Employers, staff urged be open to flexible work arrangements, including 4-day work week
Employers and employees in Singapore are strongly encouraged to be open to flexible work arrangements, including four-day work weeks, said Minister of State for Manpower Gan Siow Huang in Parliament on Tuesday.
She said: "As with any work arrangements, a four-day work week may work well for some employers and employees, but not others.
"We should adopt a flexible mindset... The ministry, together with our tripartite partners, strongly encourages employers and employees to be open to flexible work arrangements in all their various forms to identify and adopt those that best suit their unique business needs and the workers' needs."
Ms Gan was responding to a question from Mr Melvin Yong (Radin Mas) on whether there are any studies to examine the feasibility of a four-day work week in Singapore, and whether the Ministry of Manpower (MOM) will commission its own study to examine the benefits and challenges of a four-day work week.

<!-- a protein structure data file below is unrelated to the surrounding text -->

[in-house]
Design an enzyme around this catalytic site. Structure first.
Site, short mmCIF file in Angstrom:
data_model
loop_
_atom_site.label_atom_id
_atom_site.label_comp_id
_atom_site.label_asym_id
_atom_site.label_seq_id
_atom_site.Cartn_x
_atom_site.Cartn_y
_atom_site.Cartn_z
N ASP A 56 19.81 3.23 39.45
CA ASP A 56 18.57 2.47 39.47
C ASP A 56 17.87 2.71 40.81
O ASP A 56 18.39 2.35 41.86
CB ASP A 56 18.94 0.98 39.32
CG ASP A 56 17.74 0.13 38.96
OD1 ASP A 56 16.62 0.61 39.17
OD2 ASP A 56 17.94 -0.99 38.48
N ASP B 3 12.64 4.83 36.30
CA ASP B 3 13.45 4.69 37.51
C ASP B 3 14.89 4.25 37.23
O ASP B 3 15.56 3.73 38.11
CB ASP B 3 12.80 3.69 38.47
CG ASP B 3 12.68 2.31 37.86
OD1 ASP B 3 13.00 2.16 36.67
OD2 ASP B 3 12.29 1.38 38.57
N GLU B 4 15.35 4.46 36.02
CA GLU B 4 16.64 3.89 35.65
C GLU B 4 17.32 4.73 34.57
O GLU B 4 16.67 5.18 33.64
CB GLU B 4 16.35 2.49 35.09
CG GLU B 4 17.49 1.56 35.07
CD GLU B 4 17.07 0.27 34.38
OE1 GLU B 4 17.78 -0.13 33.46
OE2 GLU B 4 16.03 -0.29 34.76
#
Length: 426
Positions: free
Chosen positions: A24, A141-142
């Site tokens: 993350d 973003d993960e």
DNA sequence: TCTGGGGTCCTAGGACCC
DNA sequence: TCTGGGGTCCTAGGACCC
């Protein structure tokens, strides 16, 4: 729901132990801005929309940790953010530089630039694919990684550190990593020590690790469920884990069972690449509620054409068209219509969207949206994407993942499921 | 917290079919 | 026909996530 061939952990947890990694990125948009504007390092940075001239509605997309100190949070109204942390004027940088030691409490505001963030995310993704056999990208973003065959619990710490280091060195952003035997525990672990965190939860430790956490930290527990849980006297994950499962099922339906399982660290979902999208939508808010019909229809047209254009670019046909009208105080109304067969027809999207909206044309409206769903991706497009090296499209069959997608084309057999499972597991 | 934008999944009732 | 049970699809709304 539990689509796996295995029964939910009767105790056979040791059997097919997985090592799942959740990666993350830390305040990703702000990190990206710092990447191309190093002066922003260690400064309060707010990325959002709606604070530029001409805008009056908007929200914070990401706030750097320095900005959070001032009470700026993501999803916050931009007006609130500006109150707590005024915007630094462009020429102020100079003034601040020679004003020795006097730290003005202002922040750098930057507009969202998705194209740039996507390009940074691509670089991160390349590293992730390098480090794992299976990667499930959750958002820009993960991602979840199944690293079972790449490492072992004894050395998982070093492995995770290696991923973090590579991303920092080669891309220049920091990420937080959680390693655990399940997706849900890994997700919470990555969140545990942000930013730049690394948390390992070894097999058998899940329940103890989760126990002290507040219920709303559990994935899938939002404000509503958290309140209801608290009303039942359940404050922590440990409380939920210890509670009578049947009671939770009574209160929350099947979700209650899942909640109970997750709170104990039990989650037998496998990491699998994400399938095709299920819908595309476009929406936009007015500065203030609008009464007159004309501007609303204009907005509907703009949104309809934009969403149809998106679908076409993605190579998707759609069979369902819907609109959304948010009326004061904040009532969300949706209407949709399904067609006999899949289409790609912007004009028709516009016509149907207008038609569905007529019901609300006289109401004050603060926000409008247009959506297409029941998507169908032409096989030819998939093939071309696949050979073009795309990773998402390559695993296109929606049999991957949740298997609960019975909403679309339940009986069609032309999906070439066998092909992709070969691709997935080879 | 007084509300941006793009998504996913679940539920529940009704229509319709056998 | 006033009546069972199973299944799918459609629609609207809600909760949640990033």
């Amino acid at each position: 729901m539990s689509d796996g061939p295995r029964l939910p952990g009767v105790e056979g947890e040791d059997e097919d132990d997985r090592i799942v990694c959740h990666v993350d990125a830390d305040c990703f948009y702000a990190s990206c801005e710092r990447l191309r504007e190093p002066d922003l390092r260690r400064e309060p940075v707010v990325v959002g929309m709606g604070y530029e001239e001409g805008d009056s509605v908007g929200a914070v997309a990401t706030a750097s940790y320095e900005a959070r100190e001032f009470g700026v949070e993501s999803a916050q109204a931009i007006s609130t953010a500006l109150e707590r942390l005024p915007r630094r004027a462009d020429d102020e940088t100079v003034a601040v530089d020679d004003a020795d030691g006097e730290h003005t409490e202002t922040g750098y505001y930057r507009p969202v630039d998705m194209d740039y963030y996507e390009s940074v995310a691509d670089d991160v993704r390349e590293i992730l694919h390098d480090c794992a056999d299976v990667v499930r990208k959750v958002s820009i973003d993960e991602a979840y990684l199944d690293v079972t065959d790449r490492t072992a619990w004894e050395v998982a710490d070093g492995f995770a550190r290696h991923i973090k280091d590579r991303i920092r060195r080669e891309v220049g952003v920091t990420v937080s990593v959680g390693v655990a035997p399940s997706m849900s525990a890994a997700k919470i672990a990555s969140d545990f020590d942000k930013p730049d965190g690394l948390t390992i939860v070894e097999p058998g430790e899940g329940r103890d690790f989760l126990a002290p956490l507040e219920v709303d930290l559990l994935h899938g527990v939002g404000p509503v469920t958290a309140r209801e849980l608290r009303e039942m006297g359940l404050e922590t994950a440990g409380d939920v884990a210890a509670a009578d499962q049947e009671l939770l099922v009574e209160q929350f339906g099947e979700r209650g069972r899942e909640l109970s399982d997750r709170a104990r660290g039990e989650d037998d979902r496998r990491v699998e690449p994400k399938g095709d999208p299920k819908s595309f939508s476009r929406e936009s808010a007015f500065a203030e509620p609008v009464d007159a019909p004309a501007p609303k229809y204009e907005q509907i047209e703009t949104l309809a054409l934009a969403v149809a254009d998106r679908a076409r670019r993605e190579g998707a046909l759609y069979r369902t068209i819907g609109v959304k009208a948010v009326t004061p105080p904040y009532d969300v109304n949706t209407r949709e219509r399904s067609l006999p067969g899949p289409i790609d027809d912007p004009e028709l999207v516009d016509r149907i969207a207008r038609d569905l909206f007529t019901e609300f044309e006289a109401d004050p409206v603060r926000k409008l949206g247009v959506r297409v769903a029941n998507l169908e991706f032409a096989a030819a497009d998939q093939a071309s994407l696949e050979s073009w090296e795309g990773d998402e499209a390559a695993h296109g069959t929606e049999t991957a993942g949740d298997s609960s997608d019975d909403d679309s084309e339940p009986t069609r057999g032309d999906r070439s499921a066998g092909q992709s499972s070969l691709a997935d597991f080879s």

Ms Gan said MOM is not aware of any ongoing studies by third parties, but noted that there are reports of four-day work-week pilots in countries such as Ireland, Japan and Spain.
Other countries, such as Belgium, allow employees to ask for a four-day work week but with daily work hours extended so that the total number of hours worked per week remains the same.
The results so far appear to be mixed, said Ms Gan, adding that some of the key concerns that surfaced include the reduced work week's impact on productivity, business costs and employee well-being.
While productivity improvements have been reported in some cases, they depend on the sector and job type, she said.
"In some instances, reduced work hours have had to be compensated by hiring more labour. At the same time, employees are concerned that their salaries could be reduced due to fewer hours worked, while some could face increased stress when they work more hours than usual in a day to complete their work," Ms Gan said.
Mr Yong also asked if MOM would be open to conducting a small-scale trial to better understand the benefits and challenges of a four-day work week.
Ms Gan replied that MOM does not intend to specify any trial or impose formulas on the public sector.
She added that various sectors have diverse needs, and employers and workers are welcome to try different types of flexible arrangements that best suit their workplace.